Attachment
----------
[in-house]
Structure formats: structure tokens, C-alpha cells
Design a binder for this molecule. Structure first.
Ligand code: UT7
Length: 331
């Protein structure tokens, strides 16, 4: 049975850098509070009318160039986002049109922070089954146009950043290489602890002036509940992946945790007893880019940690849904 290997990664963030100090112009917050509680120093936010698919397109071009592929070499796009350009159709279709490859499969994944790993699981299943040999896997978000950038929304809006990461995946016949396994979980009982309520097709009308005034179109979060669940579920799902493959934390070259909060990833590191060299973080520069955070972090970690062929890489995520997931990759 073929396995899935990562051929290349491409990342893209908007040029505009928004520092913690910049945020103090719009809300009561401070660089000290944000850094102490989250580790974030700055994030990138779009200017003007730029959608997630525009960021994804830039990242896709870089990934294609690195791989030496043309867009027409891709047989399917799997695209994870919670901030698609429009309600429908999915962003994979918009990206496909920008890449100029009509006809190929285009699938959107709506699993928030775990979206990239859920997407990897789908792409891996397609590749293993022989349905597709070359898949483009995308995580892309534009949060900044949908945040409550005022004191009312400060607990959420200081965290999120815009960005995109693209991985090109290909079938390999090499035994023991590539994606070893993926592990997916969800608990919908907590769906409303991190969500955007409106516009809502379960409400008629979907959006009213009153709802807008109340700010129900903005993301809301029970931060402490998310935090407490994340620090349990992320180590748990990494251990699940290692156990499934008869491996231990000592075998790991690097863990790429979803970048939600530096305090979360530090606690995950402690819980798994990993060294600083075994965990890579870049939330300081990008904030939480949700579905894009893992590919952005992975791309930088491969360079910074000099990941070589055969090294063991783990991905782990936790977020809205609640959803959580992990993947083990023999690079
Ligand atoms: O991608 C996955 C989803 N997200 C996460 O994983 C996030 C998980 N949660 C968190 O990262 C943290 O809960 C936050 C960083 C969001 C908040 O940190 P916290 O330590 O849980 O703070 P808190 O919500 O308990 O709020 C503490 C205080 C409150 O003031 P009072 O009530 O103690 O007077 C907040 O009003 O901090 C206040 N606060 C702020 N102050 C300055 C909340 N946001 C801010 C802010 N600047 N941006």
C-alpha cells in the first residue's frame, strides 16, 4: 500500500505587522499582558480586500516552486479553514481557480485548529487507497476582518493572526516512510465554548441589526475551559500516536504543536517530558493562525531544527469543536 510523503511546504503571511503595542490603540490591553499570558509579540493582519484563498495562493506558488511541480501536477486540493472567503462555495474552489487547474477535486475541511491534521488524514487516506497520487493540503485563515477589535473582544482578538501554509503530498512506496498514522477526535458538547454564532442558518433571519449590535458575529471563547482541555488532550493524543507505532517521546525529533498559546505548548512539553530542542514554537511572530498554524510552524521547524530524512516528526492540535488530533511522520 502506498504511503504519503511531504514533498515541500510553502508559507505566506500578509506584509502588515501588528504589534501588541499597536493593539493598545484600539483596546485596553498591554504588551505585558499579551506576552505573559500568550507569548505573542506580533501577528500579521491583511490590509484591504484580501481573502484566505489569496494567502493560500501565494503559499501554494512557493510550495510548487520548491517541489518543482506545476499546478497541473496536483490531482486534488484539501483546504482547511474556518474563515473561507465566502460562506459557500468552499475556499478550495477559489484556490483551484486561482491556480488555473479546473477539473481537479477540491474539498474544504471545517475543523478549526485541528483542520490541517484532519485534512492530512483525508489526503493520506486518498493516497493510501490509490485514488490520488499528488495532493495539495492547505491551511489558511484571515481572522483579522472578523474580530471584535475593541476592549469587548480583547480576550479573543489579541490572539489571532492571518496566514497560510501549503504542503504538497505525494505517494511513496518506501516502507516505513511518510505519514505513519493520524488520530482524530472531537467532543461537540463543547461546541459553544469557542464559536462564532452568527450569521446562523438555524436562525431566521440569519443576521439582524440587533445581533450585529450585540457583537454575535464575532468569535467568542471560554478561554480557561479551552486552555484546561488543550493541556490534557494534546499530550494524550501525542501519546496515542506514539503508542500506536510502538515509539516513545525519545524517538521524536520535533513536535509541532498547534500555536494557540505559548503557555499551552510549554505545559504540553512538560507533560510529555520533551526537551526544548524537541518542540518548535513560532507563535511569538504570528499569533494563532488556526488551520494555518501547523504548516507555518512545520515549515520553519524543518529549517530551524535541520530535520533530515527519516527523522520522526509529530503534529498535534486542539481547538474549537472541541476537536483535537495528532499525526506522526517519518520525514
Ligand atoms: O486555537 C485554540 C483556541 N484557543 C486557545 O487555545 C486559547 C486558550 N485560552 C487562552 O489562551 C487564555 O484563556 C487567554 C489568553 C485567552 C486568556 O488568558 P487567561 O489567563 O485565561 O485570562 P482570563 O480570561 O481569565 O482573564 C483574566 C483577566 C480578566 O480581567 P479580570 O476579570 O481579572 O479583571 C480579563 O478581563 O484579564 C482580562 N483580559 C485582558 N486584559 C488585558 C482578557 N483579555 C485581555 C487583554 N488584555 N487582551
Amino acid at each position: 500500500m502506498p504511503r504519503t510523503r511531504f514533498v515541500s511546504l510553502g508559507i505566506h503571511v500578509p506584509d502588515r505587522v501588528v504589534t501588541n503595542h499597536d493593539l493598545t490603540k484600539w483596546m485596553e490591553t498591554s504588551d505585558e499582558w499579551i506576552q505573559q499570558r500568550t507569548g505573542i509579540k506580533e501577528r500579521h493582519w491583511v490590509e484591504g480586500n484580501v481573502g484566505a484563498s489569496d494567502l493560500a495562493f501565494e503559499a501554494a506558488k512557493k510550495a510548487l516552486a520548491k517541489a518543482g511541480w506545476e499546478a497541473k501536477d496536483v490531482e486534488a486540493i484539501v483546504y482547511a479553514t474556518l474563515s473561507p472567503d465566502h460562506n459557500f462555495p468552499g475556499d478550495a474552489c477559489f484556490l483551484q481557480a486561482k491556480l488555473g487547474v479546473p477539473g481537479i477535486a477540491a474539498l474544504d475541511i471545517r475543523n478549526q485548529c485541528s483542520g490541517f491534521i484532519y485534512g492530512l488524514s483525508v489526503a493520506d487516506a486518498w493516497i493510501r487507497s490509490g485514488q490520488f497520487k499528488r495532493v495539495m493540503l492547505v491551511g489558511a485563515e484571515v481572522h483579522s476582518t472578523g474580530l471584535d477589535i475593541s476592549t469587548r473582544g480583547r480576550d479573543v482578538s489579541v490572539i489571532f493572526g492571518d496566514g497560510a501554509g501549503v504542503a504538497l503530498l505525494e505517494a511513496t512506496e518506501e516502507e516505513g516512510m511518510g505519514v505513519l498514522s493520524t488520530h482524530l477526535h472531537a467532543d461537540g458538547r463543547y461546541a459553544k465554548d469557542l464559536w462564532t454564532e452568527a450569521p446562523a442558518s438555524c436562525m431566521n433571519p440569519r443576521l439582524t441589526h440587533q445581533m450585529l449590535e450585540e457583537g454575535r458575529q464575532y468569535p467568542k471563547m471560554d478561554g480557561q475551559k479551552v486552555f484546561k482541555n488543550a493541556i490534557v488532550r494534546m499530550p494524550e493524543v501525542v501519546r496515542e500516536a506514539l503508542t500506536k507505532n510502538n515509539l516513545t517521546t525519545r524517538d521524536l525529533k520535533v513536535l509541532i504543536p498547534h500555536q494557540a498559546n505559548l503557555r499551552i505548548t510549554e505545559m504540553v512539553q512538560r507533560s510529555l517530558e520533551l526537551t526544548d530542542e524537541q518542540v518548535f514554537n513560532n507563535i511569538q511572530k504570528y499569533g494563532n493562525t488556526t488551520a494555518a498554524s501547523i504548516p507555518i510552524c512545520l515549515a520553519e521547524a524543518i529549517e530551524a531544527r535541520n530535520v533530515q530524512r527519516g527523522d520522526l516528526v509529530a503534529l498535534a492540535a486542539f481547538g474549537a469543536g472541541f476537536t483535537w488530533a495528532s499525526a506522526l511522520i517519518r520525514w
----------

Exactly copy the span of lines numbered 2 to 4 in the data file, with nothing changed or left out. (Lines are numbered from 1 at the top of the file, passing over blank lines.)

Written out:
Structure formats: structure tokens, C-alpha cells
Design a binder for this molecule. Structure first.
Ligand code: UT7